An Income tax return filed In connec
tion with the evidence showed that
the gross earnings of the automobile
company for 1917 was $327,000 and after
all expenses Were paid' a balance was
left of $11,000. ...
Final Chapter in Noted Hailey
Still Case Closed
in Courts.
All defendants on the libel proceed
ings brought against the Altmore
apartments by the government, won
out Friday, afternoon when the Jury
returned a verdiot In their favor. The
return closed the litigation growing
out of the arrest of H.. Kelso Hailey,
who was found guilty v of making
whisky in the basement of the apart
ments, and marks the closing chapter
In the sensational case .which has
been before the public since Febru
ary 22, of this year.
It was brought out that Mrs. Kelso
Hailey is the holder of a mere equity
In the Altmore apartment house, and
that her only right to the property is
found in her privilege to redeem a
mortgage? on It made to O. E. Deppen
for approximately $26,000. The mort
gage Is for a period of five years.
Mrs, Hailey went on the xtand Fri
day afterndon and stal she had
never personally taken '' ge of any
of the property in her name and knew
nothing of the still operated by her
husband. She said the corn Honor
found In her apartments was brought 4
there by her husband who stated that
it had been given him by a friend.
, The government was endeavoring
to prove that O. E. Deppen knew of
and permitted the existence of a still
In the basement of the property and
that Mrs. Hailey connived at its
maintenance. t
Motion Overruled and Another
Auto Theft Case Set
for July 21.
In criminal court Saturday morn
ing Ed Boydston, well-known resi
dent of Wauhatchle, pleaded guilty
to bringing whisky into Tennessee
for his own personal use and was
fined $50 and costs.
"Buddy" Wilson's motion for a new
trial on the charge of stealing Luther
Chambers' automobile was overruled.
Wilson was recently sentenced to
serve from three to ten years in the
penitentiary on the charge in ques-:
tion. ,
The trial of "Buddy" Wilson on the
charge of stealing an automobile be
longing to Wi D. Clendenning, of
Nashville, is set for July 21.
of peace teaty list, so is "Muriel"
of the cigar list. At all dealers.
Chaney-Scott Cigar Co., distributors.
Moore Sez.
You realize we have to rebuild
the world; let's start . NOW,
RIGHT HERE. The wall is go
ing fast, but our Sunday dinner
is coming faster $1.25.
The Read House
President J. Epps Brown Ad
dresses Letter to All
' Employes.
An organization of telephone work
ers is being formed by the Southern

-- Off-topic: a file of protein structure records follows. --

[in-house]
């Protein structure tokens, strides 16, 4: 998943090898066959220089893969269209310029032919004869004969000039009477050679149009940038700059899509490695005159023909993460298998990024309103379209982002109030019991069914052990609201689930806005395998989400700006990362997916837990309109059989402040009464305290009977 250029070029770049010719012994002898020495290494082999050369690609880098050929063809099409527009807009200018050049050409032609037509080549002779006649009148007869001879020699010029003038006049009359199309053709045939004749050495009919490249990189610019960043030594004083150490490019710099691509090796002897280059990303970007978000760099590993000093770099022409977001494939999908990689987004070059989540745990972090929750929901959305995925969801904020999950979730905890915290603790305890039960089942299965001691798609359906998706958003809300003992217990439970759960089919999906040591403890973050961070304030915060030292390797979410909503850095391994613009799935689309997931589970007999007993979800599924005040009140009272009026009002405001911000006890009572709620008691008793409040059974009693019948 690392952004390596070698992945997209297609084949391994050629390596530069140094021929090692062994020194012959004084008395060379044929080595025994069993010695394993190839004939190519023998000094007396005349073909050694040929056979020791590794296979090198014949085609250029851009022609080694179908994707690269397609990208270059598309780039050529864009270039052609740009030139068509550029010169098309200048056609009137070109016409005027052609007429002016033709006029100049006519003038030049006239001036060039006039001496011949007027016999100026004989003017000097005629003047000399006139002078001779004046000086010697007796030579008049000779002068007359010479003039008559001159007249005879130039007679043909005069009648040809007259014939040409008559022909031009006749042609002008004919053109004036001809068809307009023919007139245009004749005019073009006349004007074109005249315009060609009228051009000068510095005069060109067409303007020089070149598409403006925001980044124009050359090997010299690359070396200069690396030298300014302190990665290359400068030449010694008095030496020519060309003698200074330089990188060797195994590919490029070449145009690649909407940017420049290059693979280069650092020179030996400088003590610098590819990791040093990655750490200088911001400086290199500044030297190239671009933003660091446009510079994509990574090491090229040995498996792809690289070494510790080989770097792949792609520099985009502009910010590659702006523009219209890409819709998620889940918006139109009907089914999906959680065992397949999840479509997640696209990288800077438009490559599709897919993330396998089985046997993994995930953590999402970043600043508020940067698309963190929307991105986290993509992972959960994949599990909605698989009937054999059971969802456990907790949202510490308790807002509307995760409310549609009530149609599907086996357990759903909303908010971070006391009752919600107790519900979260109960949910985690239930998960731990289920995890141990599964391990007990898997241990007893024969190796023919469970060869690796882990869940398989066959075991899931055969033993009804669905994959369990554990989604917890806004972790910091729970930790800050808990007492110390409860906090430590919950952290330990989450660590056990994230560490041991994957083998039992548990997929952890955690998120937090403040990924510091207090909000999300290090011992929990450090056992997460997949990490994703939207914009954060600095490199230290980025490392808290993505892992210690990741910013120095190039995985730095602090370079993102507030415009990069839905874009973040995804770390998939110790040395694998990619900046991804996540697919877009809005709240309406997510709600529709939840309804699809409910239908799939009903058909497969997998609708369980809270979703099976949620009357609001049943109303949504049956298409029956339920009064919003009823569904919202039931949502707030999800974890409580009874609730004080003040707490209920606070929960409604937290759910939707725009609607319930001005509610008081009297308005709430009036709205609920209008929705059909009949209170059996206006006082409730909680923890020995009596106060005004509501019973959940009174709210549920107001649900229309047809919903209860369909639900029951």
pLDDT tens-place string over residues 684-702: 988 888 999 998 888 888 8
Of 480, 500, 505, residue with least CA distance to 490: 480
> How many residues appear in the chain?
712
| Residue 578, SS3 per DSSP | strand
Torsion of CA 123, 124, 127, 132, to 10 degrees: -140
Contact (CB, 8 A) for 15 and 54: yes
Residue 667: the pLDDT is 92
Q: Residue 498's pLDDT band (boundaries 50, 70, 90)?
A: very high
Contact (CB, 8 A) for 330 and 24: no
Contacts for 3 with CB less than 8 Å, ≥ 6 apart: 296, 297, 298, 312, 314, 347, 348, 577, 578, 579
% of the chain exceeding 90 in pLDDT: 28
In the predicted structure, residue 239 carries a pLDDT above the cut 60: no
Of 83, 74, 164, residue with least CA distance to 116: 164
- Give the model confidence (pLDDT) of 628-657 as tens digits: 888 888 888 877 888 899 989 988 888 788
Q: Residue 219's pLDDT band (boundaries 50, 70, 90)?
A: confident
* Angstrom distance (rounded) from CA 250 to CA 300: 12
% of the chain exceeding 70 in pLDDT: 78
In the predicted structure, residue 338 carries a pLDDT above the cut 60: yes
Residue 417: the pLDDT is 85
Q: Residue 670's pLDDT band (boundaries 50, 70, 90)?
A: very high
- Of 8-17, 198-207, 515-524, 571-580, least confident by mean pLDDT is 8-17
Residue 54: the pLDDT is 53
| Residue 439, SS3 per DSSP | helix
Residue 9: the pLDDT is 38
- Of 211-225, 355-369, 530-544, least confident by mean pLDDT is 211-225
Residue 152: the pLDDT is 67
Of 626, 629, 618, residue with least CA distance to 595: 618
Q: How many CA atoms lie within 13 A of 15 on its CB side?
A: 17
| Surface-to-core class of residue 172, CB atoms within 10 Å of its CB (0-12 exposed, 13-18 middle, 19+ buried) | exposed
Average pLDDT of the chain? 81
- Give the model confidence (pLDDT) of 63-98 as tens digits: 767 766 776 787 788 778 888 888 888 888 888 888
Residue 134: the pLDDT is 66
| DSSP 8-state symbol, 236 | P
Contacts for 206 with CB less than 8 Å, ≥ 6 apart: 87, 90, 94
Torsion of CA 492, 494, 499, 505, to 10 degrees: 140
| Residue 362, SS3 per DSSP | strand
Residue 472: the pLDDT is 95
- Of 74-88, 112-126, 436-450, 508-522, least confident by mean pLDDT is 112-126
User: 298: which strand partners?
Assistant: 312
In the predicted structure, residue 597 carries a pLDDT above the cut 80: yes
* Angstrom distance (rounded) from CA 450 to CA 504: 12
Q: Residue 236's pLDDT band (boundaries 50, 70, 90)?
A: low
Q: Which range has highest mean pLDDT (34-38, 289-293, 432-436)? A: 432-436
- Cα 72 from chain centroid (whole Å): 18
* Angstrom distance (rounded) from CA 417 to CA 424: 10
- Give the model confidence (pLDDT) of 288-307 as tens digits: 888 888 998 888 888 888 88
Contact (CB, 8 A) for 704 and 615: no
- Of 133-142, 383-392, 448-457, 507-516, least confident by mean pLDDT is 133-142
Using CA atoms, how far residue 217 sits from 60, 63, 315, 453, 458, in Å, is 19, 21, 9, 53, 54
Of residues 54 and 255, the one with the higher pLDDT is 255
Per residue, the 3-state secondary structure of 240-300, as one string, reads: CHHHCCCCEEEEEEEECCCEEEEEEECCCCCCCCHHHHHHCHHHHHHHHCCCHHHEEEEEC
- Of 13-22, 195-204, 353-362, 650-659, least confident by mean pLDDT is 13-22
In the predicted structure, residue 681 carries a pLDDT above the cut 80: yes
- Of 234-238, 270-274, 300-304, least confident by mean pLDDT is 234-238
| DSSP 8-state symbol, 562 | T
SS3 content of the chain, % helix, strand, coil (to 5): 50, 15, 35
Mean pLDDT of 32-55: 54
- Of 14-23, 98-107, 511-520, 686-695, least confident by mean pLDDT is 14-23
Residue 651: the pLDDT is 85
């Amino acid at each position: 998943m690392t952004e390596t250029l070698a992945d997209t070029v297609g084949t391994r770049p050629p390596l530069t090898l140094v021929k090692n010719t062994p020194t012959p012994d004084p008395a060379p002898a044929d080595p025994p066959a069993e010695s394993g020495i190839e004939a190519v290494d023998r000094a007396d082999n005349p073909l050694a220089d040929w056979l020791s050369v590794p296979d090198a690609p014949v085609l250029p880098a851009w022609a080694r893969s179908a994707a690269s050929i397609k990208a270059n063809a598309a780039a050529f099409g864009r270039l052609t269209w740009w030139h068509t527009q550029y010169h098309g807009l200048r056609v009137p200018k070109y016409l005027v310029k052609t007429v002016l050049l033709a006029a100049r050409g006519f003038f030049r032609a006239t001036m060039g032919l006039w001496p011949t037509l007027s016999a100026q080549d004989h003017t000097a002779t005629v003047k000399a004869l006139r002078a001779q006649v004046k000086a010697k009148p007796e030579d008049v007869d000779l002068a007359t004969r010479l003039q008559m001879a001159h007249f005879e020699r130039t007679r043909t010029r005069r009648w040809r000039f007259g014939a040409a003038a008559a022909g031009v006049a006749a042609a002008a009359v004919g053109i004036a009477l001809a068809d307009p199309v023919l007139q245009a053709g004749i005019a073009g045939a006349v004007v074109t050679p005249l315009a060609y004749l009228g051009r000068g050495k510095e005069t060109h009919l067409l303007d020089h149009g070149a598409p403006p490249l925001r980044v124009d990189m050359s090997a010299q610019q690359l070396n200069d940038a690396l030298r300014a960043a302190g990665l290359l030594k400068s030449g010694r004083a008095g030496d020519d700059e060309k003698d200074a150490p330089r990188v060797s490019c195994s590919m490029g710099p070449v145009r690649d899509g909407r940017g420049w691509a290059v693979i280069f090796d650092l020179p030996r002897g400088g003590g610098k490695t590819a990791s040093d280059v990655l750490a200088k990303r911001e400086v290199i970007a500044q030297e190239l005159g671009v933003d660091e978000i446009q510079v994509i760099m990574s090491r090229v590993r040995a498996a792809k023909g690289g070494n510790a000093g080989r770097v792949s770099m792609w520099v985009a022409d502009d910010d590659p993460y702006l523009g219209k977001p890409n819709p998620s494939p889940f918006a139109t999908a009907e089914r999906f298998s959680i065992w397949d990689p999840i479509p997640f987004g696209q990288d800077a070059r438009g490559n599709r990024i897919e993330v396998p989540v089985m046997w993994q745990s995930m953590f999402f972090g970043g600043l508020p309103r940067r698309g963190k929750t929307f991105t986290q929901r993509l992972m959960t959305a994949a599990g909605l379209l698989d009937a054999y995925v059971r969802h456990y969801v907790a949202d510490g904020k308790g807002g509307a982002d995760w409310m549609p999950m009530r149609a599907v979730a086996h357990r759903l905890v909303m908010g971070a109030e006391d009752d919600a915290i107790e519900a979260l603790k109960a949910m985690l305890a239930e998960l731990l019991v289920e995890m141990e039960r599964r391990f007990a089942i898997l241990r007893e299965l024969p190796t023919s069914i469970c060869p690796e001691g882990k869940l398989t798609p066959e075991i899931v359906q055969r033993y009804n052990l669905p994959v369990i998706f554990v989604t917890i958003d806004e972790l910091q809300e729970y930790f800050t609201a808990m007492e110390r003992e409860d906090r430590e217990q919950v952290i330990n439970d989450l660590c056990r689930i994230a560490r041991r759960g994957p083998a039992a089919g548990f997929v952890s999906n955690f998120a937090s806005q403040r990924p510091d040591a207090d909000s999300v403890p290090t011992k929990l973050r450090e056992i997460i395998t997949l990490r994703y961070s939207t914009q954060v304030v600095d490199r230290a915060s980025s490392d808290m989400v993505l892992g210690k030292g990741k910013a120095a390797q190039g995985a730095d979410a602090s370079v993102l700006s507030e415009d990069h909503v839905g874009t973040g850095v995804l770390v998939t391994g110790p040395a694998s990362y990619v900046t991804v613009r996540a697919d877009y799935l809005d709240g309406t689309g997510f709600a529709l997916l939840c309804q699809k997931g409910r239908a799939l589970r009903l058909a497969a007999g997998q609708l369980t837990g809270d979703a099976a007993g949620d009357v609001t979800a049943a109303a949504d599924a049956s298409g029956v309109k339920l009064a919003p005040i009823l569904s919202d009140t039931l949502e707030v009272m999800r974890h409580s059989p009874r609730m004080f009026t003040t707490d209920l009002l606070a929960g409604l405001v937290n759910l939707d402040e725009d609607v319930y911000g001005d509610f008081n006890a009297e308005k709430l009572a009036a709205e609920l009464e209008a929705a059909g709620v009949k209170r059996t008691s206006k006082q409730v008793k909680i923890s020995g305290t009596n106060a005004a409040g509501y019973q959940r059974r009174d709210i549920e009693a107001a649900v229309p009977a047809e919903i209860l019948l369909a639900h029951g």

Bell and Cumberland Telephone
company, and a letter signed by
President J. Epps Brown has been
sent out to all the employes. The
organisation will be 'modeled after
the association of Western Union
The letter sets forth that the
workers should, have an opportunity
whereby such of them as desire to
do so "may avail themselves of any
and all advantages which there may
be in collective bargaining or con
sideration of working conditions." It
Is also pointed out that "an organi
zation which aspires to aid the em
ployes must, to be successful, be co
operative! and not antagonistic in
Us nature."
The Labor World, official organ of
the Chattanooga Trades and Labor
Council, charges that the letter of
President Brown "is the outcome of
recent formation ef a bona fide or
ganisation among the telephone
workers and their efforts to Improve
their conditions ,by the only sure
way." -
That portion of President Brown's
letter ' which deals directly with the
organization the' company plans to
form follows:
"I favor the suggestion that an as
sociation of telephone employes be
formed, with which the company can
enter into relations whereby such of the
employes as desire voluntarily to Join
the association may avail themselves
of any and all advantages which there
may be in collective bargaining or con
sideration of working conditions, pro
vided that It shall not Interfere with
the liberty of any employe whd may
prefer to continue to deal Individually.
"It is my wish that each employe will
decide for himself whether or not he
or she desires to Join such an associa
tion, and It must be understood that
nothing, herein stated is Intended to
deny to any employe the right to Join
any organization of his or her choice.
The company, however,, does not in
tend to deal with outside parties In
regard to matters affecting Its em
ployes. "This organization, If formed, will be
organized and officered exclusively by
employes who will, through their rep
resentatives duly selected by them, form
its own constitution and by-laws. Such
an organization or association could be
so formed, if the employes so desired,
that while it is an association of all
employes, groups of employes In any
particular department may select their
own representatives to deal with the
company In matters affecting ' their
particular interests.
"If the constructive ability and lead
ership among the employes Is as high
as I think it to be, there should be
evolved an association of employes
which will operate with a broad sense
of economic . conditions and social
righteousness, and which will Insure a
high esprit de corps of co-operation be
tween all the employes and the com